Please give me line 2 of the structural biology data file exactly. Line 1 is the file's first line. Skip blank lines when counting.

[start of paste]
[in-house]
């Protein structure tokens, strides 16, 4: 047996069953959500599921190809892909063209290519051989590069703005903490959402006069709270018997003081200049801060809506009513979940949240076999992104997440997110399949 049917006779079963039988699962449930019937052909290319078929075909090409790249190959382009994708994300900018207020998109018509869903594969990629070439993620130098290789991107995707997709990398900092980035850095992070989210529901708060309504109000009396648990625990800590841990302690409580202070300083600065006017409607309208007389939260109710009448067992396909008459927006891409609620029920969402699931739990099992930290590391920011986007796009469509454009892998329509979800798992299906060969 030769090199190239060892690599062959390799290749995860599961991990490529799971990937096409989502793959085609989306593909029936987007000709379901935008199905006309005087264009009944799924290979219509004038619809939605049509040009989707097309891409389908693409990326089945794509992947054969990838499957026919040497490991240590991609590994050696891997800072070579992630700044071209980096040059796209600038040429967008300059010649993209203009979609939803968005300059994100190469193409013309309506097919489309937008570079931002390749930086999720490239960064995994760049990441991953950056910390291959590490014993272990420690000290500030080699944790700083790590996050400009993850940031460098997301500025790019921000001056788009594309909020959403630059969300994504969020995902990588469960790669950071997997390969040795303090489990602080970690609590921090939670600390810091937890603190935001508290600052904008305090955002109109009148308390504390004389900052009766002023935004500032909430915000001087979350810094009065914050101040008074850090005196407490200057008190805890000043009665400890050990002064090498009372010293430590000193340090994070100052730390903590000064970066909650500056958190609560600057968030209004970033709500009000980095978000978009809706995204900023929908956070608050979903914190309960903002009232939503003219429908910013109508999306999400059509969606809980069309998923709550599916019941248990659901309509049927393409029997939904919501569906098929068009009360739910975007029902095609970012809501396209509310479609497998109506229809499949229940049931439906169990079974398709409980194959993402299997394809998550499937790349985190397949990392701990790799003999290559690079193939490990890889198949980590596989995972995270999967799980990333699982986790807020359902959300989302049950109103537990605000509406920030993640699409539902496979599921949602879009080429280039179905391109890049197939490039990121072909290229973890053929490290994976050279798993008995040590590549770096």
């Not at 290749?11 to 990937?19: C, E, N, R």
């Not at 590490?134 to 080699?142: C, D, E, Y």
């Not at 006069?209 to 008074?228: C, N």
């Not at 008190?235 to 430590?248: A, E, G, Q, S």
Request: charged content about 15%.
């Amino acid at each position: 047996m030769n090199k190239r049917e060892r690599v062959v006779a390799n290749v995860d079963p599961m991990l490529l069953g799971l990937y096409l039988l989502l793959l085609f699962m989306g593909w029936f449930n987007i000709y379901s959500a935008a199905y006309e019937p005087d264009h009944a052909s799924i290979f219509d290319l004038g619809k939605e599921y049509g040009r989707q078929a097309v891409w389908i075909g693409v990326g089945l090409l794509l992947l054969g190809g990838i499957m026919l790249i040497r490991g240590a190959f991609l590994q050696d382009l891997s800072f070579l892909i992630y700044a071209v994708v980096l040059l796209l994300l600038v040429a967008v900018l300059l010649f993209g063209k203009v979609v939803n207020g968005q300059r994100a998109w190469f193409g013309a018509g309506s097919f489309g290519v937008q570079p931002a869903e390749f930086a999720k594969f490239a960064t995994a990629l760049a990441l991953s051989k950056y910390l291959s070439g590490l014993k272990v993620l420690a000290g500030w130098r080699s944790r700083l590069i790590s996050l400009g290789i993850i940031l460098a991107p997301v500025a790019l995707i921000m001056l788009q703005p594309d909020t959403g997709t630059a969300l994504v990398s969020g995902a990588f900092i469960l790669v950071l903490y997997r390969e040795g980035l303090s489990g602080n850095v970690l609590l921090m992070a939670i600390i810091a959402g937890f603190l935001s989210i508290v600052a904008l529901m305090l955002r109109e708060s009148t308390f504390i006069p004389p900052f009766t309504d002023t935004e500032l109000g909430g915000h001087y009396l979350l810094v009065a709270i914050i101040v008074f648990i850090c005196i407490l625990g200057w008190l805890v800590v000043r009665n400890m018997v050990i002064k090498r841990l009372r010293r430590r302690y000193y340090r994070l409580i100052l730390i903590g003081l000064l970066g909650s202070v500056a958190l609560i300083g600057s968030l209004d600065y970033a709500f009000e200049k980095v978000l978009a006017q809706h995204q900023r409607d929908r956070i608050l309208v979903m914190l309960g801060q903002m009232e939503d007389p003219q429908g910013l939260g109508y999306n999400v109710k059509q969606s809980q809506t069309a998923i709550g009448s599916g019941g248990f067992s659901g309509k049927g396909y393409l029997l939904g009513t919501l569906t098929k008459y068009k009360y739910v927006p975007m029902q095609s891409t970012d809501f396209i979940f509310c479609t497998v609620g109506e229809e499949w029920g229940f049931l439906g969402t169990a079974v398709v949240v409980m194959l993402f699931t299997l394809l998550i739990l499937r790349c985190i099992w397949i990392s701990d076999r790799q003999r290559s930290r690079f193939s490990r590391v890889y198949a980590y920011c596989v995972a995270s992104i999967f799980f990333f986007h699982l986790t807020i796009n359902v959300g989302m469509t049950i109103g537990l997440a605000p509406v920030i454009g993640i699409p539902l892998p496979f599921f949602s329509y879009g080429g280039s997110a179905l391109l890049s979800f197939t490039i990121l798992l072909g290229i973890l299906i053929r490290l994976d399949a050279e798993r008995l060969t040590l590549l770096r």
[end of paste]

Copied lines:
């Protein structure tokens, strides 16, 4: 047996069953959500599921190809892909063209290519051989590069703005903490959402006069709270018997003081200049801060809506009513979940949240076999992104997440997110399949 049917006779079963039988699962449930019937052909290319078929075909090409790249190959382009994708994300900018207020998109018509869903594969990629070439993620130098290789991107995707997709990398900092980035850095992070989210529901708060309504109000009396648990625990800590841990302690409580202070300083600065006017409607309208007389939260109710009448067992396909008459927006891409609620029920969402699931739990099992930290590391920011986007796009469509454009892998329509979800798992299906060969 030769090199190239060892690599062959390799290749995860599961991990490529799971990937096409989502793959085609989306593909029936987007000709379901935008199905006309005087264009009944799924290979219509004038619809939605049509040009989707097309891409389908693409990326089945794509992947054969990838499957026919040497490991240590991609590994050696891997800072070579992630700044071209980096040059796209600038040429967008300059010649993209203009979609939803968005300059994100190469193409013309309506097919489309937008570079931002390749930086999720490239960064995994760049990441991953950056910390291959590490014993272990420690000290500030080699944790700083790590996050400009993850940031460098997301500025790019921000001056788009594309909020959403630059969300994504969020995902990588469960790669950071997997390969040795303090489990602080970690609590921090939670600390810091937890603190935001508290600052904008305090955002109109009148308390504390004389900052009766002023935004500032909430915000001087979350810094009065914050101040008074850090005196407490200057008190805890000043009665400890050990002064090498009372010293430590000193340090994070100052730390903590000064970066909650500056958190609560600057968030209004970033709500009000980095978000978009809706995204900023929908956070608050979903914190309960903002009232939503003219429908910013109508999306999400059509969606809980069309998923709550599916019941248990659901309509049927393409029997939904919501569906098929068009009360739910975007029902095609970012809501396209509310479609497998109506229809499949229940049931439906169990079974398709409980194959993402299997394809998550499937790349985190397949990392701990790799003999290559690079193939490990890889198949980590596989995972995270999967799980990333699982986790807020359902959300989302049950109103537990605000509406920030993640699409539902496979599921949602879009080429280039179905391109890049197939490039990121072909290229973890053929490290994976050279798993008995040590590549770096």